As an artist, time and space are valuable commodities in continuing your practice. Whether you are craving a retreat or just want access to new a set of equipment, an artist residency may be a valuable move to rejuvenate your practice.
Artist-in-residence programs give visiting artists time and space to focus solely on making work. Residencies range from small isolated retreats in private homes to larger institutional formats complete with technical materials and professional critiques.
When considering a residency experience, you should be mindful of the personal and professional resources you will require and manage your expectations accordingly. Most programs have a standard application that includes a portfolio review and personal statement, so you’ll want to make preparations well in advance of your desired leave. A few other things to keep in mind:
* Does the residency program provide material resources (like a wood shop, printing press, or fabrication studio)?
If you use complicated production processes, some residency programs can be great for making objects you would otherwise not be able to on your own dime. The Center for Contemporary Printmaking in Connecticut, the Carving Studio and Sculpture Center in Vermont, and the Kohler Arts/Industry Program in Wisconsin all provide specialized equipment for artists working in a variety of media.
* Does the residency program require payment of any kind?
Some residency programs are free of charge, but ask that artists donate work to their collection. The Griffis Art Center in Connecticut, for example, provides lodging and a studio for up to five months but requires the donation of one artwork. Programs that charge a fee range anywhere from $30 per day to $1,500 per month.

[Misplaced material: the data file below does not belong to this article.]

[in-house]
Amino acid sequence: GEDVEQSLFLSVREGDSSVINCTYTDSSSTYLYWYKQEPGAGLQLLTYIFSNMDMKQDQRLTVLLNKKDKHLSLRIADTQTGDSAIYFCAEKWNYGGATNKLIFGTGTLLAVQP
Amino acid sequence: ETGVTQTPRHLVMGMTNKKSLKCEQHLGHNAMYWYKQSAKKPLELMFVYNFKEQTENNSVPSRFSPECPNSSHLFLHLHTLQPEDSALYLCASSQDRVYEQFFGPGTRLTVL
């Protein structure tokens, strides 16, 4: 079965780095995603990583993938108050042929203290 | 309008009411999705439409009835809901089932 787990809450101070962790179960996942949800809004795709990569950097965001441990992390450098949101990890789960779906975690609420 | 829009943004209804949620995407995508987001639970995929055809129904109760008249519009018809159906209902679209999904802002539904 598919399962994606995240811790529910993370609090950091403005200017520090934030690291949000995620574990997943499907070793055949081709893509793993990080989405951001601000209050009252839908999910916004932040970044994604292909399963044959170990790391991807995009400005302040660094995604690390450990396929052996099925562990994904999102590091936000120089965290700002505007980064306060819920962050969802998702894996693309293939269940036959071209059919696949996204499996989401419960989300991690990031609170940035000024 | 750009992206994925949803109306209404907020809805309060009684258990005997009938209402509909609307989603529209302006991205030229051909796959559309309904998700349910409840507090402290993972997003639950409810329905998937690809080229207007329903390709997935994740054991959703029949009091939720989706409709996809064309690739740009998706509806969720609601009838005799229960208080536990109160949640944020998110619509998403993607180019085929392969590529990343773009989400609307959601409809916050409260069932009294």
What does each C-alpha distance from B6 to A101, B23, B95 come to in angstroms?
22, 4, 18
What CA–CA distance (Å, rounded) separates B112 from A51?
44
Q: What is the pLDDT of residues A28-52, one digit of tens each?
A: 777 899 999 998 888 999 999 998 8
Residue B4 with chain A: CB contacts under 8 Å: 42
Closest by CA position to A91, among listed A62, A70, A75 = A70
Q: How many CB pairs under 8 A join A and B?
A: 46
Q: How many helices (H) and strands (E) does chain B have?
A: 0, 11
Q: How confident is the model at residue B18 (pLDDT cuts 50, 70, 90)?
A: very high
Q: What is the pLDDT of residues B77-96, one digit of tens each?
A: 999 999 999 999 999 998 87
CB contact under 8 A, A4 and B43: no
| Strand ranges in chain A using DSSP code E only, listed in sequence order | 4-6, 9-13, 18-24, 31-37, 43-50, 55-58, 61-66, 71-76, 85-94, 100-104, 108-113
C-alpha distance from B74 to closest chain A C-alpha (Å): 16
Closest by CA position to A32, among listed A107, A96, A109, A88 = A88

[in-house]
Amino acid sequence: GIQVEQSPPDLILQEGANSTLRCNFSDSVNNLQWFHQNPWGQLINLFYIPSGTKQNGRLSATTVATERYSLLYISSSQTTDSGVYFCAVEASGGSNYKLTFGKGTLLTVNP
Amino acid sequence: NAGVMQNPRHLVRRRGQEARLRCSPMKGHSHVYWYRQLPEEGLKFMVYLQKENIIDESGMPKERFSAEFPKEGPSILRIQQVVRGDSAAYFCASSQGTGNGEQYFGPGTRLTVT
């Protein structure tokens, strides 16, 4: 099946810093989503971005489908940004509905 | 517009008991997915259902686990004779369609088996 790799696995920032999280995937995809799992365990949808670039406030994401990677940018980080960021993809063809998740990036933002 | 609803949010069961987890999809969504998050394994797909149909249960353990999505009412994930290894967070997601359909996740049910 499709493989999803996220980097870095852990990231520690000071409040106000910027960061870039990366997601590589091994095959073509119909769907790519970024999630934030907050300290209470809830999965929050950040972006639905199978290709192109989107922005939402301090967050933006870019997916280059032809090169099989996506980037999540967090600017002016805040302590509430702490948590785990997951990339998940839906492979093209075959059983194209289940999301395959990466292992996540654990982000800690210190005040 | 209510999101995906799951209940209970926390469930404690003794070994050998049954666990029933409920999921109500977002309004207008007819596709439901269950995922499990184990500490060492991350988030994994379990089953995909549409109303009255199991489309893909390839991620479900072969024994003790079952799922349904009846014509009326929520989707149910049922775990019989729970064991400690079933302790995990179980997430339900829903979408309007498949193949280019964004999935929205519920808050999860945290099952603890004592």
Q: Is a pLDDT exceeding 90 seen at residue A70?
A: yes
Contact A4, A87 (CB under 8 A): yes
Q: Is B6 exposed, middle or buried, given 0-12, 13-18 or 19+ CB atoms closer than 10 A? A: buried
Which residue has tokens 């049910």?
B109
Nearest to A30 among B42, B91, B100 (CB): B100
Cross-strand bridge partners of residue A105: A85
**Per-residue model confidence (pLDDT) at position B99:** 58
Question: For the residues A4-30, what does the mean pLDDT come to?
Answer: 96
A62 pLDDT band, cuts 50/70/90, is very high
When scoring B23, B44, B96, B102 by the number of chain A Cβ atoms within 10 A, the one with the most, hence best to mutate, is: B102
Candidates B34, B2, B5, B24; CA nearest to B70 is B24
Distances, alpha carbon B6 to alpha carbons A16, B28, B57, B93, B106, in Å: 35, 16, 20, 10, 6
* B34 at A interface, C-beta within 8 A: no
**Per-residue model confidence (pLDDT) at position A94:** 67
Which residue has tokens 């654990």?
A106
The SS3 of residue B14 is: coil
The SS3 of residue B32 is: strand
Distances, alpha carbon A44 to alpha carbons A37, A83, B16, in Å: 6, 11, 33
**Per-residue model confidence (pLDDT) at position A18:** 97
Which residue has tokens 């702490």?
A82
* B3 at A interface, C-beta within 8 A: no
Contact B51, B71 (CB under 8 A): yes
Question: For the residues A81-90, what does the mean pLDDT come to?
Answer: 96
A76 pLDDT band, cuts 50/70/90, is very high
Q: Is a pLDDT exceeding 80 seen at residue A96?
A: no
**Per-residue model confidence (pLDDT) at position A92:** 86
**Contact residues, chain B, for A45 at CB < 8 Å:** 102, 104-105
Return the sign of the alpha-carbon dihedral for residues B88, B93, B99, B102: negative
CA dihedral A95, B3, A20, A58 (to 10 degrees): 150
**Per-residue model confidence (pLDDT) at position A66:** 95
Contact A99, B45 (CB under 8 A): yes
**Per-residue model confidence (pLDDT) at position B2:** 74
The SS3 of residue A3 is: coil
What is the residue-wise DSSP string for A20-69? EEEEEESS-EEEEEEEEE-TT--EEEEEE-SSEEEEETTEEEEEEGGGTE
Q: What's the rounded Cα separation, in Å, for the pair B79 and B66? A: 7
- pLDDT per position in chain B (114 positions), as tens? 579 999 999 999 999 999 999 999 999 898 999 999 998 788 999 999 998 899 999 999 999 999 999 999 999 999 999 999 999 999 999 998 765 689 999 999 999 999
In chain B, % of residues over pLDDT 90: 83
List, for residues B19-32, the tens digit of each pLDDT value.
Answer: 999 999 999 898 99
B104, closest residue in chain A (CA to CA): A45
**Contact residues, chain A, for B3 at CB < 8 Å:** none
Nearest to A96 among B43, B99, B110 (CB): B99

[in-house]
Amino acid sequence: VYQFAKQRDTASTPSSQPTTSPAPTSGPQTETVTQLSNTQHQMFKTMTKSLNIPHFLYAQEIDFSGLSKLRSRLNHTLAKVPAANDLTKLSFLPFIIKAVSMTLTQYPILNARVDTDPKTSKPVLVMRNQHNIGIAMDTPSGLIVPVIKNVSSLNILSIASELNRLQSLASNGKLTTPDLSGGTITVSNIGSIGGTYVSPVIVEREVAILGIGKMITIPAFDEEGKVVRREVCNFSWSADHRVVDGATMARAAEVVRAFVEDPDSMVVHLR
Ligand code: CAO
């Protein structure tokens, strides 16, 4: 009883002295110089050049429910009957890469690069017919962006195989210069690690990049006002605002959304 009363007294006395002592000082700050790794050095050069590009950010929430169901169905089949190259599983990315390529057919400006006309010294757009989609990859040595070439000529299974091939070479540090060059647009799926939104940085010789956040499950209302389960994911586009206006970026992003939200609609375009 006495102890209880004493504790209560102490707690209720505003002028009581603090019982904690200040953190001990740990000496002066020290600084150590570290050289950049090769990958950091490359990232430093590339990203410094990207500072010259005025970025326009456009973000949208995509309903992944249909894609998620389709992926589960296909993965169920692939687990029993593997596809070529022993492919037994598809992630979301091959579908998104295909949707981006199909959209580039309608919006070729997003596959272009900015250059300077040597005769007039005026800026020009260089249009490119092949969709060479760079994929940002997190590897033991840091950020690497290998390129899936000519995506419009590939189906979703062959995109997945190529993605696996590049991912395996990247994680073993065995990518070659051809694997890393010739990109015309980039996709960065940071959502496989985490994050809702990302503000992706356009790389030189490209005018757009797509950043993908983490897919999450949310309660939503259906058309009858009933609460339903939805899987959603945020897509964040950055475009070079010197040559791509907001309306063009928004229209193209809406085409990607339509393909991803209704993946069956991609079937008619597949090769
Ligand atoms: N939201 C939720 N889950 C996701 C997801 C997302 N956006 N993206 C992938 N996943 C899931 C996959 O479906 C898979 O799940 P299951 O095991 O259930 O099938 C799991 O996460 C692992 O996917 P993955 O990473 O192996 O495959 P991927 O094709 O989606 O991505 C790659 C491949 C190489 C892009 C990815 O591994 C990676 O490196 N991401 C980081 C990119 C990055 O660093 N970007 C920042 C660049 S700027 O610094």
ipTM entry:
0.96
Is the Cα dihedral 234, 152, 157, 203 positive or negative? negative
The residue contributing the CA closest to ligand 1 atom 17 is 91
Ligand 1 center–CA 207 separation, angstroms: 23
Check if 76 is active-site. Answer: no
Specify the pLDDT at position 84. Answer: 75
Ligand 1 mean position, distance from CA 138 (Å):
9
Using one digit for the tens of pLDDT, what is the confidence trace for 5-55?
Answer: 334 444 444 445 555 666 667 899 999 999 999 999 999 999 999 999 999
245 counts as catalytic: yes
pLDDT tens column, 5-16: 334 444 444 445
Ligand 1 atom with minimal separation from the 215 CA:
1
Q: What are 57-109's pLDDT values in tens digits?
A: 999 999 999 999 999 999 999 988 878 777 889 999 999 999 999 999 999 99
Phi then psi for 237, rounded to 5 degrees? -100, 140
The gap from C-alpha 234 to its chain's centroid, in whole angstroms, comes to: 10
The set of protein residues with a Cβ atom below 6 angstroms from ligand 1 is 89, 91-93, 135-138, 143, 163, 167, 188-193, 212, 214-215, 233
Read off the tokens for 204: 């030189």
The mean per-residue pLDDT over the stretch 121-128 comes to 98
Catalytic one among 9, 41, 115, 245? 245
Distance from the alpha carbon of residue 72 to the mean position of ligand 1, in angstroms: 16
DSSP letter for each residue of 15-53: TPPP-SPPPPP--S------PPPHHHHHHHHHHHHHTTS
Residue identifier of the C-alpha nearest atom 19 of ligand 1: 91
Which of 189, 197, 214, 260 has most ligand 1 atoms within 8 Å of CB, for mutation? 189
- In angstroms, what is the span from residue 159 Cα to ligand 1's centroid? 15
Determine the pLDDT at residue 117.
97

* What professional development opportunities may be possible through the residency program?
Some of the most prestigious programs in the United States invite outside guests (like curators, prominent artists, and collectors) to visit with students. Having the opportunity to share your work with art professionals is a valuable aspect of the residency experience.
The Anderson Ranch program in Colorado accepts 14 artists for a 10-week residency program with leading international critics. The Skowhegan School of Painting and Sculpture in Maine is one of the most competitive residency programs of its kind and offers critical assistance from faculty as well as visiting artists and curators. A dorm, sculpture shop, and darkroom are some of the amenities of the program.
Interdisciplinary residency programs that host visual artists, writers, filmmakers and other cultural producers can also be excellent ways to be inspired by those working in different media. The MacDowell Colony in New Hampshire is well known for its nurturing environment in this regard. Its noteworthy past participants include Jonathan Franzen, Thornton Wilder, Janet Fish, and Jeffrey Eugenides.
* Does the residency program pay for food and housing?
Many residencies are housed in the context of a museum education department, so it may be possible to be an “artist in residence” in a city in which you are living. Programs like The Fabric Workshop and Museum in Pennsylvania and the Whitney Independent Study Program in New York provide contemporary artists with studio space and educational resources but do not have a room and board component.
Websites like Washington Art and the Alliance of Artist Communities provide comprehensive lists of residency programs throughout the United States. Be sure to check your region for opportunities near you, or scope out scenic locations around the country for a home away from home.